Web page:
Krieg review by KMFDM

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  • Released: Jan 5, 2010
  • Sound: 8
  • Lyrics: 8
  • Overall Impression: 7
  • Reviewer's score: 7.7 Good
  • Users' score: 8.2 (12 votes)
KMFDM: Krieg
1

Sound — 8
For industrial/synth rock act KMFDM's latest album of remixes Krieg, an impressive roster of musicians including the likes of White Zombie and Prong were brought in to deliver fresh takes on the year-old material. While KMFDM usually comes up with some fairly intriguing ideas on its own, these remix projects tend to be a showcase of the creativity that exists within the music scene today, regardless of what genre you prefer. Krieg, which features remixes of the 2009 record Blitz, is still heavy on the electronic/techno/dance aspect, but the end result of each of the 12 tracks still tends to be original and innovative enough to keep your attention. Because there is such a diverse group of artists used as collaborators on Krieg, it's safe to assume that not every track will necessarily click with your particular taste. That being said, if you have a general appreciation of either industrial or electronic, Krieg is a worthwhile listen. It all kicks off with Combichrist's take on Bait & Switch (All 4 One Mix). You can certainly hear the influence of the Norwegian industrial band, which injects a similar dance-oriented style that sounds just a bit crunchier than the original. Likewise, Davai (Cyrillic Mix) by Tweaker's Chris Vrenna leans heavily toward a sound that doesn't stray too far from KMFDM's original arrangement. Where things start to get interesting is when Seismologist, Prong, and White Zombie's Ivan de Prume are thrown into the mix. Potz Blitz! (Harmonic Tremors Mix) by Seismologist feels almost akin to a Rammstein number, while both Prong and de Prume's take on their respective songs, Bait & Switch and Never Say Never, at long last bring guitars with a dose of high gain into the forefront. That's not to say that the dance vibe is eliminated altogether, but the rock presence is certainly a welcome addition. Another easy standout is solemn-yet-fascinating People of The Lie (Requiem Mix) by Static-X's by Koichi Fukuda, who isn't afraid to take strip the arrangement down (as is evident in the piano-only intro) in order to create a creepy feel.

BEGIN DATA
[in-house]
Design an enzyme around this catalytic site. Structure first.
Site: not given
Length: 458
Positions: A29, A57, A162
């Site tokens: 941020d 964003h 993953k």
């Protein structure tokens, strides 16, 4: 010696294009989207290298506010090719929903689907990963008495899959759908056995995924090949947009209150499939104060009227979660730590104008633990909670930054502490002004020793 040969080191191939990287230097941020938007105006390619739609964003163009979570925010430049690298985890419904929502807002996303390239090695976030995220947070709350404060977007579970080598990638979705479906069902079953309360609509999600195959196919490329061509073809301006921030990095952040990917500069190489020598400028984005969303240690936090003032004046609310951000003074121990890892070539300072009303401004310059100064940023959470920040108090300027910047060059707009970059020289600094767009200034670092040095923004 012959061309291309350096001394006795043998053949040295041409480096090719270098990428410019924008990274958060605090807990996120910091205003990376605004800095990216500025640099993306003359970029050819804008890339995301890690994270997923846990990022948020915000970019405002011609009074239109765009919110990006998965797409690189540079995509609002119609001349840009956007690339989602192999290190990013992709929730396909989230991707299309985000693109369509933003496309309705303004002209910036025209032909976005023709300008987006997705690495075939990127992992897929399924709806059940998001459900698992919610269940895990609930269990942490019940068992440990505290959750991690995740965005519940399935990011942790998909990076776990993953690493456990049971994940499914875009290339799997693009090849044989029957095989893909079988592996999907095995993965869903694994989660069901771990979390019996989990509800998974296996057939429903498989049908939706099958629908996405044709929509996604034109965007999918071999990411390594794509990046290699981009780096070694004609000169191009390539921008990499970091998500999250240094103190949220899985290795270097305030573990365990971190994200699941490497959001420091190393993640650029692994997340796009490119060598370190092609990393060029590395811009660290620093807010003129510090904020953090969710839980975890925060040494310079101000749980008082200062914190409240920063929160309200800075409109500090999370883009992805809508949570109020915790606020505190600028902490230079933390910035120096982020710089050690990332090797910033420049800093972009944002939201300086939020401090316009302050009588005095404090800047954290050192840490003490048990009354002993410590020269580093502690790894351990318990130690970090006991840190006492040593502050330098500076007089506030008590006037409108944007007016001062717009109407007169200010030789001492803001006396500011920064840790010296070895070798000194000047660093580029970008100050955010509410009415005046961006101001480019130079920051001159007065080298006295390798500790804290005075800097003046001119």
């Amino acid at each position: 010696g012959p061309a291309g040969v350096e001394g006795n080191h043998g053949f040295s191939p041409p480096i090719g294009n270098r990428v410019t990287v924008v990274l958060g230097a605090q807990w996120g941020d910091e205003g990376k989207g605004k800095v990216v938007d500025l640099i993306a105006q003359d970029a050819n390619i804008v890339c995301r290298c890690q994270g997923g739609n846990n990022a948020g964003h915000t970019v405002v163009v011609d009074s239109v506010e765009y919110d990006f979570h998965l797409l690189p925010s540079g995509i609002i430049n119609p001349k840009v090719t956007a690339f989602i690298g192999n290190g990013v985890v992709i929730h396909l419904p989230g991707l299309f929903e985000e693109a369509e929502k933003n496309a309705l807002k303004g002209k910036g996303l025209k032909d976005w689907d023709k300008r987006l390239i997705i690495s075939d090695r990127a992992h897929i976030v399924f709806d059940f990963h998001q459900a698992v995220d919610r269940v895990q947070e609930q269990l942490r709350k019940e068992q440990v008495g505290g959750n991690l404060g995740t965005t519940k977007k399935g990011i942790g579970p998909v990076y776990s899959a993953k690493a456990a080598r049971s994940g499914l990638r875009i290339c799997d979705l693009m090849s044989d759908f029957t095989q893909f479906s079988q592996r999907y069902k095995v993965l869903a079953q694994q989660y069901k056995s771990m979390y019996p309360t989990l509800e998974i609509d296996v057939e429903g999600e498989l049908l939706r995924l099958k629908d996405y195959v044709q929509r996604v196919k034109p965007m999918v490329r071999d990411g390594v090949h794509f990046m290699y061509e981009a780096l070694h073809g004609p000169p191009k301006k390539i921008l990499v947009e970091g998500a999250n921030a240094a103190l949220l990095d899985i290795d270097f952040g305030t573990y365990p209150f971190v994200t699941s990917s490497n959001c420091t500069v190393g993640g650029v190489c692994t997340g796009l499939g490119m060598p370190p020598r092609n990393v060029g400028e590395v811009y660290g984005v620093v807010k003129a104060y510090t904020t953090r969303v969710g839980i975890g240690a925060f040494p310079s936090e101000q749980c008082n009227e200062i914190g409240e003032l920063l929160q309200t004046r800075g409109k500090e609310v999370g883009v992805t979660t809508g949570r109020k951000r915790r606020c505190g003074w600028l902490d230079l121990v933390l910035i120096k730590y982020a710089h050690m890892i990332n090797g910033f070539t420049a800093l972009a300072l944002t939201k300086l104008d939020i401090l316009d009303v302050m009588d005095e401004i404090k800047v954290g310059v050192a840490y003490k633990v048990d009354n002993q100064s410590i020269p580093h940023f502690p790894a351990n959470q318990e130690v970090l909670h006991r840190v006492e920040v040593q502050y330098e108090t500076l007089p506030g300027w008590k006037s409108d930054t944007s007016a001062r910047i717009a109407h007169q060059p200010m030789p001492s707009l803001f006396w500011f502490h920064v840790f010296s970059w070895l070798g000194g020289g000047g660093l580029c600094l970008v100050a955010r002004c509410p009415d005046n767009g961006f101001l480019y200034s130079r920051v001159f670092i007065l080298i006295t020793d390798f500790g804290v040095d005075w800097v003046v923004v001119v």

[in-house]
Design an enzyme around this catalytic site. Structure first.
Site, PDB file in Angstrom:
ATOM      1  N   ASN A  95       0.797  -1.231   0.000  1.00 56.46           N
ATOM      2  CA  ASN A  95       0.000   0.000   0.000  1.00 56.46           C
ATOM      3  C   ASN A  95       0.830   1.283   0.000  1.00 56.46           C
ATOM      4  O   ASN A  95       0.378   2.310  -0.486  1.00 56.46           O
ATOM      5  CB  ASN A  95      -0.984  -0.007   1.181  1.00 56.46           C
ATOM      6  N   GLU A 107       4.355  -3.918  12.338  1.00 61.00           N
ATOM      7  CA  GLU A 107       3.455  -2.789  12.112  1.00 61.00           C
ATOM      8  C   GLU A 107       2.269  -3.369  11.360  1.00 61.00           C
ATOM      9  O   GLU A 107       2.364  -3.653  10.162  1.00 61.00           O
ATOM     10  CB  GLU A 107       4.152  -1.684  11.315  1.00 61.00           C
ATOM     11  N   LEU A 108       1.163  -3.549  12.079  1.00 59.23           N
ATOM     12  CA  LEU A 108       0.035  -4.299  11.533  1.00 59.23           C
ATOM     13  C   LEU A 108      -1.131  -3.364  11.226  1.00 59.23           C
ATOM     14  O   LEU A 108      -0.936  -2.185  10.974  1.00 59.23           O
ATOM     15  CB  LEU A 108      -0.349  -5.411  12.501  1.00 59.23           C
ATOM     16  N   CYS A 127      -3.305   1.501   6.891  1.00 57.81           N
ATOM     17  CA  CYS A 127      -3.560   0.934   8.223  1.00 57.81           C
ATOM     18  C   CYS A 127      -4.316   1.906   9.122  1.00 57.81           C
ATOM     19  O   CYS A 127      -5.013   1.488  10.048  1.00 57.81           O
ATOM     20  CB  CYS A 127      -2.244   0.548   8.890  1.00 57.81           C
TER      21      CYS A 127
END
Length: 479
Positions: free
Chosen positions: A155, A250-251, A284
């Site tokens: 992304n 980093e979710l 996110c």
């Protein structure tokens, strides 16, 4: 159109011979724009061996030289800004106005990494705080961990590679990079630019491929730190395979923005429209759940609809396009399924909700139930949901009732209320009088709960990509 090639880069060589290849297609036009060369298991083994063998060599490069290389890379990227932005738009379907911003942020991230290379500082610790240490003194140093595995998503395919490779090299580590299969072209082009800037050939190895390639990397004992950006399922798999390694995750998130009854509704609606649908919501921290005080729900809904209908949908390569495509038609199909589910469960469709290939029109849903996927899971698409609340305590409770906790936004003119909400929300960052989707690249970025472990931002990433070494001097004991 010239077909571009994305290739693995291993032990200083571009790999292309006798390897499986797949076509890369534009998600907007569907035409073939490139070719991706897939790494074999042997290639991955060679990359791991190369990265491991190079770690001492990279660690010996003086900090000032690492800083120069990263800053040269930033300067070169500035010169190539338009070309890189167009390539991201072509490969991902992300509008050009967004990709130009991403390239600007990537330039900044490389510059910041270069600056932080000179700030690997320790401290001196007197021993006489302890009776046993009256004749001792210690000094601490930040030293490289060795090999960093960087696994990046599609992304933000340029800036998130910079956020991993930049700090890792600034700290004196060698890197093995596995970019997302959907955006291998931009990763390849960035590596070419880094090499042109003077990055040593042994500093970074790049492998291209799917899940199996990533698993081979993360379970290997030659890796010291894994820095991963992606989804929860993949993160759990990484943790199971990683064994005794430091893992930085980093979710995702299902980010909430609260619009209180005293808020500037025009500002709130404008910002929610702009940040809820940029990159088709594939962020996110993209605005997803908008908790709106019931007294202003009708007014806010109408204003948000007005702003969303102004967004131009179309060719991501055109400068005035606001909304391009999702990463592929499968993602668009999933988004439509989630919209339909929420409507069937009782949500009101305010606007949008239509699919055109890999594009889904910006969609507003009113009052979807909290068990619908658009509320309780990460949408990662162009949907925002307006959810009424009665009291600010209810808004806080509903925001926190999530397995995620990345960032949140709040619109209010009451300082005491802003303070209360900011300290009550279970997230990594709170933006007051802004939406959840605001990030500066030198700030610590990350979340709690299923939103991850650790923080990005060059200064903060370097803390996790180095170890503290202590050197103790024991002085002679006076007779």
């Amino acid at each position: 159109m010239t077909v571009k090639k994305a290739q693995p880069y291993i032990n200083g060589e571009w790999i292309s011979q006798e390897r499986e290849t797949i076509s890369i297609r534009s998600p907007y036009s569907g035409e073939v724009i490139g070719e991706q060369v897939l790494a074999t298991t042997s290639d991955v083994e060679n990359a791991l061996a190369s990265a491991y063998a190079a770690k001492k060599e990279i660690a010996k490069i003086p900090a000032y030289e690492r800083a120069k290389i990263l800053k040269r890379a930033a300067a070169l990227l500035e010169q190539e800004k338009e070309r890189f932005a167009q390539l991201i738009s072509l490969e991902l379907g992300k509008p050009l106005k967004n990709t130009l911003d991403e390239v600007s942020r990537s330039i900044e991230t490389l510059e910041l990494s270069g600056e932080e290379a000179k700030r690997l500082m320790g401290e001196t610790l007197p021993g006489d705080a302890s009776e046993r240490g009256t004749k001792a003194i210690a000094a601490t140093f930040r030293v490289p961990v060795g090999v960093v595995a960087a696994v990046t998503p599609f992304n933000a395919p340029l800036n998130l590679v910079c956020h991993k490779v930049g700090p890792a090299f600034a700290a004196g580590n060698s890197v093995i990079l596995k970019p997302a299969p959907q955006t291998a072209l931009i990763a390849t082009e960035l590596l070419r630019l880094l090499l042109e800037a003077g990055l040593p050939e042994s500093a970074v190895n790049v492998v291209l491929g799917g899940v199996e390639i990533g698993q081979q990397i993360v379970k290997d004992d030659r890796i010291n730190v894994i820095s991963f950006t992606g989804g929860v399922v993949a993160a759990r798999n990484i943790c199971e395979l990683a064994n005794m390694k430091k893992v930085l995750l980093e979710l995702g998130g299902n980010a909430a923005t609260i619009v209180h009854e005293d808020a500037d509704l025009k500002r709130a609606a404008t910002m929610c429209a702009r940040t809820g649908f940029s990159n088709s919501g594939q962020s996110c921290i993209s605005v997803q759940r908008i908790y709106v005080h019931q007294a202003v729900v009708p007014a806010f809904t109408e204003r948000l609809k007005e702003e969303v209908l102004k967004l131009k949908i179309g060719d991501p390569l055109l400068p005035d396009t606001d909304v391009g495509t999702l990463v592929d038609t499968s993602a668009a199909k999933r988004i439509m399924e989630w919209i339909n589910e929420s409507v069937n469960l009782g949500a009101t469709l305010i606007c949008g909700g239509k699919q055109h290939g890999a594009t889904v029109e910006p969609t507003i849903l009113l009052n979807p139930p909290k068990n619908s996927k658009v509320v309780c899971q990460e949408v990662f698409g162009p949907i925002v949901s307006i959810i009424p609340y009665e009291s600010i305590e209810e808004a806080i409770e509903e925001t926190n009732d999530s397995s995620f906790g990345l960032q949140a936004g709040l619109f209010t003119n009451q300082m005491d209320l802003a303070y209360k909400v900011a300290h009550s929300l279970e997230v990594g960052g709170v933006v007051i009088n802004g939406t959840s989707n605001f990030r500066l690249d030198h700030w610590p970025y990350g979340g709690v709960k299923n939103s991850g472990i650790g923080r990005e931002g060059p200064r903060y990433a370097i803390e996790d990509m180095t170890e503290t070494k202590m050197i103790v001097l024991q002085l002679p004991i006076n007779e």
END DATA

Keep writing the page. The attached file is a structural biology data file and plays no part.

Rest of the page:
Lyrics — 8
Because the 12 tracks heard on Krieg are essentially repeats of the material on the studio album Blitz, the lyrical content should already be familiar to KMFDM fans. The themes range from cynicism in People of the Lie (Whatever you believe nobody cares; Whatever it is you think you know; Don't give a Goddamn; Reality is bullshit) to appeasement in Bait & Switch (Fear not what the future holds; Rest your weary soul; I'll do the rest), which although intriguing at times, usually all tend to take a backseat to the musical arrangements.

Overall Impression — 7
The overall vibe of Krieg is certainly dance-oriented like most remix albums, but there are a lot of interesting twists and turns during the 12 tracks. If you're not fond of industrial or can't tolerate the slightest hint of electronica, this will not be the album for you. But if you don't mind one album visiting everything from trip-hop to industrial to synth rock, Krieg will deliver the goods many times over.

12 comments sorted by best / new / date

    shAttErEd*fOcUs
    When KMFDM came to London Ontario Canada for (I believe) the first time back in 2004, someone (not me, I wasn't there, just some jerk) threw a beer directly on Lucia! They will never return... You can see it in the 20th Anniversary DVD. London fails! I do love this band and had a blast seeing them live in 2005 in Toronto. This is exactly the type of music I'm talking about when I say I like DANCE METAL. I do admit, as much as I dig this band... I really miss Raymond Watts and Tim Skold. + get a bass player... perhaps me in a couple years.
    neveroutgunned
    List of remixers is impressive as hell plus the artwork is sweet. Just bought it from their store!
    skinnyhein
    nothing too interesting, blitz was ok, krieg isn't bad but still nothing compared to older work (before WWIII)